Also formalizes finances for PARC preschool and Scenic Hudson grant
By Liz Schevtchuk Armstrong
The Putnam County Legislature Wednesday night (Aug. 7) designated the Putnam County Visitors Bureau as its official tourism promotion agency and authorized it to establish a New York State-county-private partnership and oversee an anticipated $477,000 for a tourism campaign under a state program.
The Visitors Bureau, a quasi-county government non-profit corporation, is headed by Garrison resident Libby Pataki.
The Legislature also created a Transportation Advisory Council and in other action, largely procedural, formalized arrangements for $150,000 to keep the PARC Pre-school for disabled youngsters open this fall and for a $125,000 state grant for the West Point Foundry Preserve. The county had already committed itself to aiding PARC and merely acts as a conduit for the grant to Scenic Hudson, owner of the foundry preserve.
Likewise, the Legislature signed off on a bit of legal paperwork for the culvert replacement project on Snake Hill Road.
According to a resolution unanimously adopted by the Legislature, “the economic development of Putnam County can be stimulated by tourism promotion.” The resolution notes that the state offers matching “I Love New York” dollars “to counties and regions that fund a tourism promotion agency” and that to participate, Putnam County must submit a proposal this month.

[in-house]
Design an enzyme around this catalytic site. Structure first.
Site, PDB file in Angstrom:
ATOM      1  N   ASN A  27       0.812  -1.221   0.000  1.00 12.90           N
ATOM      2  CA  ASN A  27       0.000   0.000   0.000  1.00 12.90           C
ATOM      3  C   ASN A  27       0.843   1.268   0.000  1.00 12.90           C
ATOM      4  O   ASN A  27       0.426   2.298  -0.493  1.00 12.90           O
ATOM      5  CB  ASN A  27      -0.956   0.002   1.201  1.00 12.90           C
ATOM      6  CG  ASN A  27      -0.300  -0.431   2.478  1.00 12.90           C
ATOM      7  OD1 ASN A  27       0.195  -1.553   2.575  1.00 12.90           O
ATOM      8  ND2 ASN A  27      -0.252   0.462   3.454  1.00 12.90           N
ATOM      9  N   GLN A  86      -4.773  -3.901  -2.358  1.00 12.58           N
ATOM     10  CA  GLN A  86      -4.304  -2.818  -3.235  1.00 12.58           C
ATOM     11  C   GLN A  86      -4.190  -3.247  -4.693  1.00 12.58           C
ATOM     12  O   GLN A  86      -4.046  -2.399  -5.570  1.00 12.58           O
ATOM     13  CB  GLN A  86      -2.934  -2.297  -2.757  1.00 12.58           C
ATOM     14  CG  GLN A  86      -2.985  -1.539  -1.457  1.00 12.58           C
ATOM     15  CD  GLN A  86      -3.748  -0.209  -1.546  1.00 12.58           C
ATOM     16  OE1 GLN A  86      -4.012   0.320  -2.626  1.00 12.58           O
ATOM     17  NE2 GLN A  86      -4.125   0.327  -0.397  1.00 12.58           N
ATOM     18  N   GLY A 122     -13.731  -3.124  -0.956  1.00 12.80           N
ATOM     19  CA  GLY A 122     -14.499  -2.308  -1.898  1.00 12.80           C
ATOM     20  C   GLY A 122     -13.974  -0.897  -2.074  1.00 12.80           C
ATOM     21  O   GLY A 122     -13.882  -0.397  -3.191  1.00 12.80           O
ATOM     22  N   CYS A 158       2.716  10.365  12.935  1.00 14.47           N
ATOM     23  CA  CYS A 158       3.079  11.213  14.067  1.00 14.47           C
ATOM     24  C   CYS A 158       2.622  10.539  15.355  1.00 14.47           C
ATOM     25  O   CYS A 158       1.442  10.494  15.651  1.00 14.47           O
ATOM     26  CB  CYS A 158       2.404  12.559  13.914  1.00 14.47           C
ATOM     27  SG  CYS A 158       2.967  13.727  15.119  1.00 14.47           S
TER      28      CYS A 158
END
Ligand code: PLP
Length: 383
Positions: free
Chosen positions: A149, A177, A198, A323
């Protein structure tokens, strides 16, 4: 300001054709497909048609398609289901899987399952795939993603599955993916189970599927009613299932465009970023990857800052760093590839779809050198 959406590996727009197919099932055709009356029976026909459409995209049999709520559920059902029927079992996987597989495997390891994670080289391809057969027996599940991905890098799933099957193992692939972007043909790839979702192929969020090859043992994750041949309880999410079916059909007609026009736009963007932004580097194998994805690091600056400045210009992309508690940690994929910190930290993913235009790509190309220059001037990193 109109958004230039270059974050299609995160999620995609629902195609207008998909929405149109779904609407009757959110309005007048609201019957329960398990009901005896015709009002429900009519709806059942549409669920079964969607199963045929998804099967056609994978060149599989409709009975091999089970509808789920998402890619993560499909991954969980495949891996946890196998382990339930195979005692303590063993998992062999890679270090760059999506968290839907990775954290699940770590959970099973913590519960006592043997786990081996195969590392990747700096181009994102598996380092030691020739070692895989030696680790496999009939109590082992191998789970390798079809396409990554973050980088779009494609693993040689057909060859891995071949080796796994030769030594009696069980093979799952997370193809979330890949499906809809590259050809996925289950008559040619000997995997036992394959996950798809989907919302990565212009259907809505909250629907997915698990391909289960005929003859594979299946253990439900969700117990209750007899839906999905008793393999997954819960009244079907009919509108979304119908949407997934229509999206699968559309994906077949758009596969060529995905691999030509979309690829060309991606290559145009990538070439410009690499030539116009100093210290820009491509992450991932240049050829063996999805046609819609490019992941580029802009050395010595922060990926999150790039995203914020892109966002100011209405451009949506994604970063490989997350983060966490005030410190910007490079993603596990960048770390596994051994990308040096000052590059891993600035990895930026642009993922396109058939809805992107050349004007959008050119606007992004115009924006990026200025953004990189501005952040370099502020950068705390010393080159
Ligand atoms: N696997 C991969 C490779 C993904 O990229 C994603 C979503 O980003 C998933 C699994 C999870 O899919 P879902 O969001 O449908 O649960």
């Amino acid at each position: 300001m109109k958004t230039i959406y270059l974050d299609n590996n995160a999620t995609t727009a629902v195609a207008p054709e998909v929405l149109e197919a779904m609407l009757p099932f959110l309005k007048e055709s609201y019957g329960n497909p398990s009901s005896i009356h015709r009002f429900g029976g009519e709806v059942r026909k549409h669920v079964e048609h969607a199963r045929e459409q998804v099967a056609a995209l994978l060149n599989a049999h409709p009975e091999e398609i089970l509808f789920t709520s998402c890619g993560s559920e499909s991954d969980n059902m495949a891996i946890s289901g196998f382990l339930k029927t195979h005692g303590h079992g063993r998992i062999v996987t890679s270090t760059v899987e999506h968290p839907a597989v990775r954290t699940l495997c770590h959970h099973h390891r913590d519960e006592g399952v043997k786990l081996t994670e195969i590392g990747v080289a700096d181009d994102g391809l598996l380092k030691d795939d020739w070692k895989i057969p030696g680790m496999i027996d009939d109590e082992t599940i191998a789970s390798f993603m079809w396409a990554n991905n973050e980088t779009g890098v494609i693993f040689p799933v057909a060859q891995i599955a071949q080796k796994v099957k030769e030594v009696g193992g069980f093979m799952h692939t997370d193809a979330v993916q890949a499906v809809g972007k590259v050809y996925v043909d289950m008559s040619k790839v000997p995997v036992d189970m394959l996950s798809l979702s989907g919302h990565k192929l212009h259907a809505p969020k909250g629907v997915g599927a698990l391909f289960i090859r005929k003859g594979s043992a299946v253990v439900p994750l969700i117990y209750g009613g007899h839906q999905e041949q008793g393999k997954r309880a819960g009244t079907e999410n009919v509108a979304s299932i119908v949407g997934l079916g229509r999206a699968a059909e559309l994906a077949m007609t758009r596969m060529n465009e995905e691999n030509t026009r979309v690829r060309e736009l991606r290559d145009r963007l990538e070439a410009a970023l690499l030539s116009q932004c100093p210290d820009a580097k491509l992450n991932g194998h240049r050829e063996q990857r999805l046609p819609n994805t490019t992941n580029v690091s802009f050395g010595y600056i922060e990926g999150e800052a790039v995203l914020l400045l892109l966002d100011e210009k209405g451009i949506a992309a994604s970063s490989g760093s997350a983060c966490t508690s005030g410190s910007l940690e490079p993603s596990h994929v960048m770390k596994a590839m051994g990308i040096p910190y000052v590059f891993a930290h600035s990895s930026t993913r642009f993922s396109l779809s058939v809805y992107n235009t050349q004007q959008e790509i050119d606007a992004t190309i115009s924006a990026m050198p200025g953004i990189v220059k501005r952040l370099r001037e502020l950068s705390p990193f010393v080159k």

“In order to receive Putnam County’s maximum entitlement of state matching money, it must propose a tourism commitment of $477,000, even though the actual cost of Putnam County will be less than one-third of that amount,” the Legislature declared.
Thus, the legislators agreed to a contract with the Visitors Bureau/Tourism Promotion Agency under which the bureau “commits to raise funds privately to augment the county and state funding in order to carry out the promotion plan embodied in the 2013-14 tourism budget and to make this program a three-way county, state, and private partnership.” Under an even three-way breakdown, Putnam’s share of $477,000 would be $159,000.
The measure further states that the county “has an abundance of beauty and natural and historical resources, lending itself” to travel and tourism and “is situated in the midst of a major tourism area close to major urban centers and can bring visitors to its borders by excellent road and rail transportation.”
It predicts that “tourism growth will produce increased sales tax revenue … and will help reduce reliance on real property tax[es]” and assist businesses and boost employment “through the well-known ‘multiplier effect’ of tourist dollars.”
“I feel we’re very fortunate to have Libby Pataki as our tourism director. She’s really bringing new life to the agency,” said District 1 Legislator Barbara Scuccimarra, who represents Philipstown, in urging the Legislature to approve the resolution.
Transportation Advisory Council